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Growth Collapses

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  • Hausmann, Ricardo

    (Harvard U)

  • Rodriguez, Francisco

    (Wesleyan U)

  • Wagner, Rodrigo

    (Harvard U)

Abstract

We study episodes where economic growth decelerates to negative rates. While the majority of these episodes are of short duration, a substantial fraction last for a longer period of time than can be explained as the result of business-cycle dynamics. The duration, depth and associated output loss of these episodes differs dramatically across regions. We investigate the factors associated with the entry of countries into these episodes as well as their duration. We find that while countries fall into crises for multiple reasons, including wars, export collapses, sudden stops and political transitions, most of these variables do not help predict the duration of crises episodes. In contrast, we find that a measure of the density of a country’s export product space is significantly associated with lower crisis duration. We also find that unconditional and conditional hazard rates are decreasing in time, a fact that is consistent with either strong shocks to fundamentals or with models of poverty traps. [Jointly published as Center for International Development Working Paper No. 136 and KSG Faculty Research Working Paper Series RWP06-046.]

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Bibliographic Info

Paper provided by Harvard University, John F. Kennedy School of Government in its series Working Paper Series with number rwp06-046.

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Date of creation: Oct 2006
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Handle: RePEc:ecl:harjfk:rwp06-046

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  1. Pritchett, Lant, 2000. "Understanding Patterns of Economic Growth: Searching for Hills among Plateaus, Mountains, and Plains," World Bank Economic Review, World Bank Group, vol. 14(2), pages 221-50, May.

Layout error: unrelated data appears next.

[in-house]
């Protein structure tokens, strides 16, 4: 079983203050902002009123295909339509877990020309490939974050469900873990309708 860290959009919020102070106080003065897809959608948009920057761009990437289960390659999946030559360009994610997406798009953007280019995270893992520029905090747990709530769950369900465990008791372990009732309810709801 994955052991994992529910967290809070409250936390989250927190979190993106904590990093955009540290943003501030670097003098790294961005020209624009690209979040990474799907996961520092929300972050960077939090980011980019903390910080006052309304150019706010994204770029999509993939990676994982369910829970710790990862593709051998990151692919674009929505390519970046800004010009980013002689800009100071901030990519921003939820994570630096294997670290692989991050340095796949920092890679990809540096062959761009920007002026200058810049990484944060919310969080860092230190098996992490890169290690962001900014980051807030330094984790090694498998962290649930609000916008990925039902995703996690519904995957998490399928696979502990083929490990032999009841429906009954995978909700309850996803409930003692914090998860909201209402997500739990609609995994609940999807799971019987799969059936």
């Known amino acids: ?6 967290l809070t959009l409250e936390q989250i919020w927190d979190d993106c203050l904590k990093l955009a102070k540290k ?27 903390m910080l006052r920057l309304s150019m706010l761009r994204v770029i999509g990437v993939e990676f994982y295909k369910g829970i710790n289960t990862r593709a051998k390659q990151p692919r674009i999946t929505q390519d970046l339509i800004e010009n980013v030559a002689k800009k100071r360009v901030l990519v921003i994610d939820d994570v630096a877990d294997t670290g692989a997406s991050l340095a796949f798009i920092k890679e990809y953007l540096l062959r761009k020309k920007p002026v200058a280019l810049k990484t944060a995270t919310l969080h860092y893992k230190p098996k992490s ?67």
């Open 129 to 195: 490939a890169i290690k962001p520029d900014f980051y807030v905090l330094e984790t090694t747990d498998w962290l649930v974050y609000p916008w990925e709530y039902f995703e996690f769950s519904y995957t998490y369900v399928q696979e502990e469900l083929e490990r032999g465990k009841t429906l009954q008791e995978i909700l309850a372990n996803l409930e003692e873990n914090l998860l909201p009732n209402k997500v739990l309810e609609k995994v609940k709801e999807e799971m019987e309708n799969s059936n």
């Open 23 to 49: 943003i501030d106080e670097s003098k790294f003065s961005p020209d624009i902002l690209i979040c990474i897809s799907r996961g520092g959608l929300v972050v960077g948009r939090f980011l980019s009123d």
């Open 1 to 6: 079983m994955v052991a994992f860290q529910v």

2. Dan Ben-David & David H. Papell, 1998. "Slowdowns And Meltdowns: Postwar Growth Evidence From 74 Countries," The Review of Economics and Statistics, MIT Press, vol. 80(4), pages 561-571, November.
  3. Robert J. Barro, 1989. "A Cross-Country Study of Growth, Saving, and Government," NBER Working Papers 2855, National Bureau of Economic Research, Inc.
  4. Guillermo A. Calvo & Alejandro Izquierdo & Luis-Fernando Mejia, 2004. "On the Empirics of Sudden Stops: The Relevance of Balance-Sheet Effects," NBER Working Papers 10520, National Bureau of Economic Research, Inc.
  5. Guillermo A. Calvo & Alejandro Izquierdo & Rudy Loo-Kung, 2005. "Relative Price Volatility Under Sudden Stops: The Relevance of Balance Sheet Effects," NBER Working Papers 11492, National Bureau of Economic Research, Inc.
  6. Valerie Cerra & Sweta Chaman Saxena, 2008. "Growth Dynamics: The Myth of Economic Recovery," American Economic Review, American Economic Association, vol. 98(1), pages 439-57, March.
  7. Guillermo A. Calvo & Alejandro Izquierdo & Ernesto Talvi, 2006. "Phoenix Miracles in Emerging Markets: Recovering without Credit from Systemic Financial Crises," Research Department Publications 4474, Inter-American Development Bank, Research Department.
  8. Ricardo Hausmann & Dani Rodrik, 2002. "Economic Development as Self-Discovery," NBER Working Papers 8952, National Bureau of Economic Research, Inc.
  9. Guillermo A. Calvo, 2005. "Crises in Emerging Market Economies: A Global Perspective," NBER Working Papers 11305, National Bureau of Economic Research, Inc.
  10. Sanjay G. Reddy & Camelia Minoiu, 2006. "Real Income Stagnation of Countries, 1960-2001," Working Papers 28, United Nations, Department of Economics and Social Affairs.
  11. Ricardo Mora & Georges Siotis, 2000. "External Factors in Emerging Market Recoveries: An Empirical Investigation," Econometric Society World Congress 2000 Contributed Papers 1415, Econometric Society.
  12. Hausmann, Ricardo & Klinger, Bailey, 2006. "Structural Transformation and Patterns of Comparative Advantage in the Product Space," Working Paper Series rwp06-041, Harvard University, John F. Kennedy School of Government.
  13. Ricardo Hausmann & Jason Hwang & Dani Rodrik, 2005. "What You Export Matters," NBER Working Papers 11905, National Bureau of Economic Research, Inc.
  14. Bodman, Philip M, 1998. "Asymmetry and Duration Dependence in Australian GDP and Unemployment," The Economic Record, The Economic Society of Australia, vol. 74(227), pages 399-411, December.
  15. Terence Mills, 2001. "Business cycle asymmetry and duration dependence: An international perspective," Journal of Applied Statistics, Taylor & Francis Journals, vol. 28(6), pages 713-724.
  16. Imbs, Jean, 2002. "Why the Link Between Volatility and Growth is Both Positive and Negative," CEPR Discussion Papers 3561, C.E.P.R. Discussion Papers.
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